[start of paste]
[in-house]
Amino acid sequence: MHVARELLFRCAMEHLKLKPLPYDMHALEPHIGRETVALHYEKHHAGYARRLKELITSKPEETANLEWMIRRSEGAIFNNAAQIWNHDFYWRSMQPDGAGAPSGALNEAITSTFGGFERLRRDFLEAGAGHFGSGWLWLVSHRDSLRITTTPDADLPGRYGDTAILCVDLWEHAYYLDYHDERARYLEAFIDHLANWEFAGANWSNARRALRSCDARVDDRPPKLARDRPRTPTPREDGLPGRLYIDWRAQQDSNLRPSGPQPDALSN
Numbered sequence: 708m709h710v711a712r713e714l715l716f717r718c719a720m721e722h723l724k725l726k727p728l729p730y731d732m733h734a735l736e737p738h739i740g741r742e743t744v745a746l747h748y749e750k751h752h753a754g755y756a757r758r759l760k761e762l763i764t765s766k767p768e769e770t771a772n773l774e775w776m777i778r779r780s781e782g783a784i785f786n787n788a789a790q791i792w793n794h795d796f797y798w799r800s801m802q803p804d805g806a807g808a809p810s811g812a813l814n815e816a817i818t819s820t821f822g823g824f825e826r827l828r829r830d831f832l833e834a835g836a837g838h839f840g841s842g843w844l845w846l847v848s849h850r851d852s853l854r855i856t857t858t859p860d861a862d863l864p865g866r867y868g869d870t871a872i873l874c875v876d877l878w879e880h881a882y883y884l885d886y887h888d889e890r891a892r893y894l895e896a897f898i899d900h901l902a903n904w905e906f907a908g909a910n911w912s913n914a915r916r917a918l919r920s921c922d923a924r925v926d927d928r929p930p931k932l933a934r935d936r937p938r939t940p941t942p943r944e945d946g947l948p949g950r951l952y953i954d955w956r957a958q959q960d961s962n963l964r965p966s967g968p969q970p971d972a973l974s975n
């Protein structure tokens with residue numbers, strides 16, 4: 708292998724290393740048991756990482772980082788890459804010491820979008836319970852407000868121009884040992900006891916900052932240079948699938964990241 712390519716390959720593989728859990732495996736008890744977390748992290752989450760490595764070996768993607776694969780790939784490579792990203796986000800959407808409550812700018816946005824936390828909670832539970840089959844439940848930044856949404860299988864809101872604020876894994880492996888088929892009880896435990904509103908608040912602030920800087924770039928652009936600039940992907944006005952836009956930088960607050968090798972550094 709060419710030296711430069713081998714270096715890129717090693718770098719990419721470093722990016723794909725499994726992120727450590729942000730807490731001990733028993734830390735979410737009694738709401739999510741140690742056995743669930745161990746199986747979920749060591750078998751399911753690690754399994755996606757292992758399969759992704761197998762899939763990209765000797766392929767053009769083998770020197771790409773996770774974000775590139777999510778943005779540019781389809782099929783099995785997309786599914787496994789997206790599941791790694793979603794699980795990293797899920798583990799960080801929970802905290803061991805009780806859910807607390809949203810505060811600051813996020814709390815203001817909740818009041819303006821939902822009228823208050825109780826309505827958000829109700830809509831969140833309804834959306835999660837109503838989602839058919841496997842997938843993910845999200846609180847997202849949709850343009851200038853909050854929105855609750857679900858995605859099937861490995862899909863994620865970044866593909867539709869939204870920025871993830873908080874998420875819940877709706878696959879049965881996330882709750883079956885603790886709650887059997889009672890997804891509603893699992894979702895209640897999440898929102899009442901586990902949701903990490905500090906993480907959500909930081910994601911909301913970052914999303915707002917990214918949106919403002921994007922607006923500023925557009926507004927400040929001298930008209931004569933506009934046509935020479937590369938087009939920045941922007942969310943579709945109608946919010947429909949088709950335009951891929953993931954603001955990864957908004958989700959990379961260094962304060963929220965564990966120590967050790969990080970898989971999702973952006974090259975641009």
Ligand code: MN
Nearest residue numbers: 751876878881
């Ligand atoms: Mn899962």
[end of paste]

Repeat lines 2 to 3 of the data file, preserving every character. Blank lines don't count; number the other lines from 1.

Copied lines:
Amino acid sequence: MHVARELLFRCAMEHLKLKPLPYDMHALEPHIGRETVALHYEKHHAGYARRLKELITSKPEETANLEWMIRRSEGAIFNNAAQIWNHDFYWRSMQPDGAGAPSGALNEAITSTFGGFERLRRDFLEAGAGHFGSGWLWLVSHRDSLRITTTPDADLPGRYGDTAILCVDLWEHAYYLDYHDERARYLEAFIDHLANWEFAGANWSNARRALRSCDARVDDRPPKLARDRPRTPTPREDGLPGRLYIDWRAQQDSNLRPSGPQPDALSN
Numbered sequence: 708m709h710v711a712r713e714l715l716f717r718c719a720m721e722h723l724k725l726k727p728l729p730y731d732m733h734a735l736e737p738h739i740g741r742e743t744v745a746l747h748y749e750k751h752h753a754g755y756a757r758r759l760k761e762l763i764t765s766k767p768e769e770t771a772n773l774e775w776m777i778r779r780s781e782g783a784i785f786n787n788a789a790q791i792w793n794h795d796f797y798w799r800s801m802q803p804d805g806a807g808a809p810s811g812a813l814n815e816a817i818t819s820t821f822g823g824f825e826r827l828r829r830d831f832l833e834a835g836a837g838h839f840g841s842g843w844l845w846l847v848s849h850r851d852s853l854r855i856t857t858t859p860d861a862d863l864p865g866r867y868g869d870t871a872i873l874c875v876d877l878w879e880h881a882y883y884l885d886y887h888d889e890r891a892r893y894l895e896a897f898i899d900h901l902a903n904w905e906f907a908g909a910n911w912s913n914a915r916r917a918l919r920s921c922d923a924r925v926d927d928r929p930p931k932l933a934r935d936r937p938r939t940p941t942p943r944e945d946g947l948p949g950r951l952y953i954d955w956r957a958q959q960d961s962n963l964r965p966s967g968p969q970p971d972a973l974s975n